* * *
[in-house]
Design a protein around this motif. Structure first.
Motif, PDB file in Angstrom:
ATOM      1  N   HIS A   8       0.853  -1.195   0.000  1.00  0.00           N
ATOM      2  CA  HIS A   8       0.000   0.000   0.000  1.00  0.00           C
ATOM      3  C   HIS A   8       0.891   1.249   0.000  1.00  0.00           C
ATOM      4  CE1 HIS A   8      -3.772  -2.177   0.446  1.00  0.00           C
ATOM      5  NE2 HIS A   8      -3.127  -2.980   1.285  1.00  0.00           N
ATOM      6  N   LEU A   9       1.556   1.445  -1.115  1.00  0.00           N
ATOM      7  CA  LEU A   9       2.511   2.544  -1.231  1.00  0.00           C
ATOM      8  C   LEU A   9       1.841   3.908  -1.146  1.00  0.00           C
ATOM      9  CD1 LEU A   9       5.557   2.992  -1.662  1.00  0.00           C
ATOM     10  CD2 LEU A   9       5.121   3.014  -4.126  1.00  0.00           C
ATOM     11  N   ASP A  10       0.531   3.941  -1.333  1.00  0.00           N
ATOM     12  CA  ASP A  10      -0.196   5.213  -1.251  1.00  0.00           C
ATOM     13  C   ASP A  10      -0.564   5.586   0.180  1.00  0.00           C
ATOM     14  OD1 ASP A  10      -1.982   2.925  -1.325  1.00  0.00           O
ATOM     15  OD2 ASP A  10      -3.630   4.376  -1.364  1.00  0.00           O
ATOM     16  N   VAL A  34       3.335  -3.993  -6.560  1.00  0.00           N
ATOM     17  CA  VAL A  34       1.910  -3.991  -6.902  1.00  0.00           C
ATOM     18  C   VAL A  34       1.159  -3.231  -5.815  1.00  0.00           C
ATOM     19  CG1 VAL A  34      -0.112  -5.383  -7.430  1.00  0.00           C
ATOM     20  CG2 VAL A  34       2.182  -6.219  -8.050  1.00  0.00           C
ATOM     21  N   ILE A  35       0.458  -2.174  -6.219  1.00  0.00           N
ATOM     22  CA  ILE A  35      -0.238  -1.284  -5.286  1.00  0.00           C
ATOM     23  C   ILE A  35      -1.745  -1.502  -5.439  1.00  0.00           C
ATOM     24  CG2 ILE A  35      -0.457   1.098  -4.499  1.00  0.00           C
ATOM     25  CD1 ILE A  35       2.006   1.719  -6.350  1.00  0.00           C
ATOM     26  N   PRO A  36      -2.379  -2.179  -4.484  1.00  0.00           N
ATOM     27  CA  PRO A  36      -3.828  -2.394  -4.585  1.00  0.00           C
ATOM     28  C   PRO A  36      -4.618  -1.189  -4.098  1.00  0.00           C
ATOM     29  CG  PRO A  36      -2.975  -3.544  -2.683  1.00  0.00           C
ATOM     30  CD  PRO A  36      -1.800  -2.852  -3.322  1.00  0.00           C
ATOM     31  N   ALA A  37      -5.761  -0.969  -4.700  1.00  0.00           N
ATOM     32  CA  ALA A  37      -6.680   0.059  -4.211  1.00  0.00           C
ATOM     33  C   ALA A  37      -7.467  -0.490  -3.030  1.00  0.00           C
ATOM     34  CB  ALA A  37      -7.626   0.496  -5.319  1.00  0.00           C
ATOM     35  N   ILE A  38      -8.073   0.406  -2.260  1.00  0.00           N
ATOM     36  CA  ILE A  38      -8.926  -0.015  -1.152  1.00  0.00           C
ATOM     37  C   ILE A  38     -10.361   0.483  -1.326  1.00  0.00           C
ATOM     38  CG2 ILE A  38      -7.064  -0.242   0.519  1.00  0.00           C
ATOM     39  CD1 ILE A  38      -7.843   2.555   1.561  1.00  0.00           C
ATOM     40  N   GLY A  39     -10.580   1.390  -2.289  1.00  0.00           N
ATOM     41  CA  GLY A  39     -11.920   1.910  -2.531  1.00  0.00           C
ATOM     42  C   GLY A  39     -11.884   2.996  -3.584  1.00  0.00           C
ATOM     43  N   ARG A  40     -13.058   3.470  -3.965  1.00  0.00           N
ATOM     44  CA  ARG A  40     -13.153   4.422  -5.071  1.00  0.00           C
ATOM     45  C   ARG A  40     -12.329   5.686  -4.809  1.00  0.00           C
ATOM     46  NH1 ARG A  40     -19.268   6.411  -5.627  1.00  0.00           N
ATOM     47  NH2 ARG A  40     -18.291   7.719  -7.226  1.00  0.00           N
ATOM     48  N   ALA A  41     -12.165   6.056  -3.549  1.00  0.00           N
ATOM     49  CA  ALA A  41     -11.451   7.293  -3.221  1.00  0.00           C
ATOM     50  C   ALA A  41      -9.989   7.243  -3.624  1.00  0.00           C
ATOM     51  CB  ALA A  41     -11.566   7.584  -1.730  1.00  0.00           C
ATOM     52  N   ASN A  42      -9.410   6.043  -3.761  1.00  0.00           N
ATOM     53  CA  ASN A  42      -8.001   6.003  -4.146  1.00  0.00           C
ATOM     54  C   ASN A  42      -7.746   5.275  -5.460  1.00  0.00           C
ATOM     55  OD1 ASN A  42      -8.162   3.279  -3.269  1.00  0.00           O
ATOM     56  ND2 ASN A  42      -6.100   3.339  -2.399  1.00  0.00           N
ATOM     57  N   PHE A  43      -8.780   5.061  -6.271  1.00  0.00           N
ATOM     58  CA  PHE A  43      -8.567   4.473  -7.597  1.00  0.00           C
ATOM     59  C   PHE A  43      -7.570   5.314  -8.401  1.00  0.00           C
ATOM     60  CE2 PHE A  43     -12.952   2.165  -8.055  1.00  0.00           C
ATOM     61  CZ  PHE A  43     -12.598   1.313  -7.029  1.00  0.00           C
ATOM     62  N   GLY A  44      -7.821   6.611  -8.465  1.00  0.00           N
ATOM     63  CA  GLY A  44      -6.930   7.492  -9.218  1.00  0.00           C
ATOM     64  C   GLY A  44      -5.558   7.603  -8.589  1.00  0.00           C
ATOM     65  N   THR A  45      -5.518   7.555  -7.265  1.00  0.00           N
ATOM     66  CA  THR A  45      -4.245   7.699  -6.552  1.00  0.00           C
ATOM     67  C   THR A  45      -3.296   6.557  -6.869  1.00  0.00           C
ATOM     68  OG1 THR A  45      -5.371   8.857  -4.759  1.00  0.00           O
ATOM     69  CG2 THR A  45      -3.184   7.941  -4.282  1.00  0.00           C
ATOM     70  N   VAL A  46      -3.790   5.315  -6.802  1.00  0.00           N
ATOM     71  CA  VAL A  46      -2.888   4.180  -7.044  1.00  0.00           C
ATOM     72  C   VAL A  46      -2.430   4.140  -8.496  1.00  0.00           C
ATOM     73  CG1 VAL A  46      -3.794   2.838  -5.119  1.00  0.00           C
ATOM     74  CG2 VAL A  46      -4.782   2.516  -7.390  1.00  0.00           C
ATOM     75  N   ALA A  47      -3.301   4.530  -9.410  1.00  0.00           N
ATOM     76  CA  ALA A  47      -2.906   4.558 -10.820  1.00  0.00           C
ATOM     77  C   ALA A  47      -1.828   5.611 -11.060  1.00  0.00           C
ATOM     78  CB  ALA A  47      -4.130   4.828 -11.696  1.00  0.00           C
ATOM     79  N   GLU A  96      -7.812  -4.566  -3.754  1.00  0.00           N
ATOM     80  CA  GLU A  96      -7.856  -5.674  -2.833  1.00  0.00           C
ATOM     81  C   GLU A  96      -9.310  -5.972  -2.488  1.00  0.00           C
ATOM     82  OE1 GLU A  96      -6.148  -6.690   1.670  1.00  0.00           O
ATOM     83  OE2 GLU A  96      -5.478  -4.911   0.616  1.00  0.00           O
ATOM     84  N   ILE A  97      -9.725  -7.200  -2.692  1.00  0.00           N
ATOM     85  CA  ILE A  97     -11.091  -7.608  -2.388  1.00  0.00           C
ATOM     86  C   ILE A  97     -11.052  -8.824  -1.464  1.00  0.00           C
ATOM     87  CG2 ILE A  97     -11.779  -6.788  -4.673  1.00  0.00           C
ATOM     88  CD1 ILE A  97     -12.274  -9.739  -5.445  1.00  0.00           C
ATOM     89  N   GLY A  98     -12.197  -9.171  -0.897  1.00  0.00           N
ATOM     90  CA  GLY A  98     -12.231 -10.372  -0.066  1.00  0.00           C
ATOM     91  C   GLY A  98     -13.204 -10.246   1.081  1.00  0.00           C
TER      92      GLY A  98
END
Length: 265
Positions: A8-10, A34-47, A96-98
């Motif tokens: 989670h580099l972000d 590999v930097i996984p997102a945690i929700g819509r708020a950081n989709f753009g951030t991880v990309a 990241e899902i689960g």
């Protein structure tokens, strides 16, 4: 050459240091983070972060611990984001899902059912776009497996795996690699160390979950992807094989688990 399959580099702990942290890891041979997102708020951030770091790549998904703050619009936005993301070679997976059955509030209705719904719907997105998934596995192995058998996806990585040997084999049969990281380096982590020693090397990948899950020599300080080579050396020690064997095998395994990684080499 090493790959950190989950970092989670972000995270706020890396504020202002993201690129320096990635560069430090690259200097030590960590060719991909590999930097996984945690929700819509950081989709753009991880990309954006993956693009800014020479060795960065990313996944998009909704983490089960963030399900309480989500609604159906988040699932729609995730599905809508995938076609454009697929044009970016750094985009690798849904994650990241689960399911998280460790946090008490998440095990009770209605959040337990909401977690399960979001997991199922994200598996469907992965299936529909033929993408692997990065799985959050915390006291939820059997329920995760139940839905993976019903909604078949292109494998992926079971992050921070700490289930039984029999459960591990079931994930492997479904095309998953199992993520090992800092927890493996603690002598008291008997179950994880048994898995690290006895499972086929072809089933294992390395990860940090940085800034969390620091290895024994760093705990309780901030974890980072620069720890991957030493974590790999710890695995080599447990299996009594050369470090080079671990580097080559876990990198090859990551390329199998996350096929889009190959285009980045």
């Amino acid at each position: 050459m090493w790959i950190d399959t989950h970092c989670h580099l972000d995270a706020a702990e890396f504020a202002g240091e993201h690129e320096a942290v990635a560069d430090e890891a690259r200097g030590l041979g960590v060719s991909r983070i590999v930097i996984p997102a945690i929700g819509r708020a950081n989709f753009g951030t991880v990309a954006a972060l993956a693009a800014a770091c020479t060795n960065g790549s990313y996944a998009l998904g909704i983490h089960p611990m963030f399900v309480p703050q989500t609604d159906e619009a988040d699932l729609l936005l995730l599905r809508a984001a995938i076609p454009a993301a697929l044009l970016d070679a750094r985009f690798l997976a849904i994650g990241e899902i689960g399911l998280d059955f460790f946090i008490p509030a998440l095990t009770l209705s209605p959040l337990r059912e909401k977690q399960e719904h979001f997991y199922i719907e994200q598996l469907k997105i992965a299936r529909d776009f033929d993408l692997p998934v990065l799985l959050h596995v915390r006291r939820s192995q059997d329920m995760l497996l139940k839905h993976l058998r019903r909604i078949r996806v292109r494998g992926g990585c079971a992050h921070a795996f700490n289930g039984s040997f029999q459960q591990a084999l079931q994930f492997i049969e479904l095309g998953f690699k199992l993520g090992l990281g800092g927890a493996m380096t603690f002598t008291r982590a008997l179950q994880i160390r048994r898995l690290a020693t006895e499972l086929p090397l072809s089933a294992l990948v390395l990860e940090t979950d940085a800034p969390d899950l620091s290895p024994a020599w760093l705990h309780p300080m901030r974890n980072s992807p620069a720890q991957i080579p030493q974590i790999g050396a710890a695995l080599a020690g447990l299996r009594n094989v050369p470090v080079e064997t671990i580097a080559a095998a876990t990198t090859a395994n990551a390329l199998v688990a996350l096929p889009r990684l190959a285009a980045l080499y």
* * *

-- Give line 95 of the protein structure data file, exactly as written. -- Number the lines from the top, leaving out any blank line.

TER      92      GLY A  98